context. Learning strategies, such as skimming and scanning texts would also be practiced
(Suits, 2003, p. 32). On the other hand, alternative models begin by noting explicit objectives,
and facilitating around structural items (Avalos, Plasencia, Chavez & Rascon, 2007). Yet, there
is a common element in all of them in that they are used in small-group instruction with intensive

ESL LITERACY AND GUIDED READING FOR YOUNG LEARNERS

methods. Almost all are used in conjunction with evaluation tools in order to carry out formative
assessments, and most tend to benchmark students according to their level of readiness in
literacy, and reading strategies. Thus, the entire process sets out to accommodate mixed-ability
classes through systematic methods of differentiation.
Elements of Guided Reading
The teacher may begin a guided reading session during group activities by inviting three
to five students of similar reading proficiency to another area of the room. Often, the location is
a small table where a teacher sits facing her/his student group. The teacher begins by introducing
the text and eliciting background knowledge of the topic before moving on to intensive activities
(Miller, 2008). From here, a variety of activities may be facilitated, such as those surrounding
phonemic awareness, inferential thinking, or decoding. Before introducing any text, the teacher
sounds out individual phonemes corresponding to letters that form specific words before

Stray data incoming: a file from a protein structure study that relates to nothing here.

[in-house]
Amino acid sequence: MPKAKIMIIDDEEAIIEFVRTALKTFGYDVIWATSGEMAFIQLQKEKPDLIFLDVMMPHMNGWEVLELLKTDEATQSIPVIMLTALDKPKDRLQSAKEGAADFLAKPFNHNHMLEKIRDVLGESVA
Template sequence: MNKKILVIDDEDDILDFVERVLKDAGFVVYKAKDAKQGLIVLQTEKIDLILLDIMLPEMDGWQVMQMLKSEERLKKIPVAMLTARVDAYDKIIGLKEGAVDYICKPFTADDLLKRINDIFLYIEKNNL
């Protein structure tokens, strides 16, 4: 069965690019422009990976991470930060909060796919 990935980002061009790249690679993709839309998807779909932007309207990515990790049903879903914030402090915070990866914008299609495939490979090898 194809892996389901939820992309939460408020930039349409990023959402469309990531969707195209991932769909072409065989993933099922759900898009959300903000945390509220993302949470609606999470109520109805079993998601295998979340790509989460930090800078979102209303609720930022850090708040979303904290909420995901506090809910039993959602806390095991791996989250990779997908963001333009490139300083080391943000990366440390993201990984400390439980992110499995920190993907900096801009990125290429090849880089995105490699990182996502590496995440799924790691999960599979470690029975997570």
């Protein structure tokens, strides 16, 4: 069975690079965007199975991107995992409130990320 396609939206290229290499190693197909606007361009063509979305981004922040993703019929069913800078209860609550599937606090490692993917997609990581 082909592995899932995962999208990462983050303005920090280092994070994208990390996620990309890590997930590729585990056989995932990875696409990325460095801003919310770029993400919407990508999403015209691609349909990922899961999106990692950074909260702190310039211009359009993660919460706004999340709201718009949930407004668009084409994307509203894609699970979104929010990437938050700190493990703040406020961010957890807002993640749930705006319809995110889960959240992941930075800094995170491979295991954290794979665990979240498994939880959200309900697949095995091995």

motioning for students to respond verbally. Thus, a student is afforded the chance to understand
how these sounds, often non-existent in L1, would contribute to the generation of patterns in
spoken form and in text.
In further stages, the teacher poses several types of questions in order to assist students in
meaning-making, and literacy development. These may include simple comprehension checks,
inferential questions or critical thinking questions (Marinaccio-Eckel & Donahue, 2009).
Whereas inferential questions elicit predictions of subsequent events that are illustrated within
the text, critical thinking questions seek to guide learners in a more open-ended scenario when
connections with the storyline are realized through their own thoughts, feelings and opinions.
Similarly, QARs (question-answer relationships) may be used to assist young learners in
comprehension of the text through responses of graduated complexity beginning with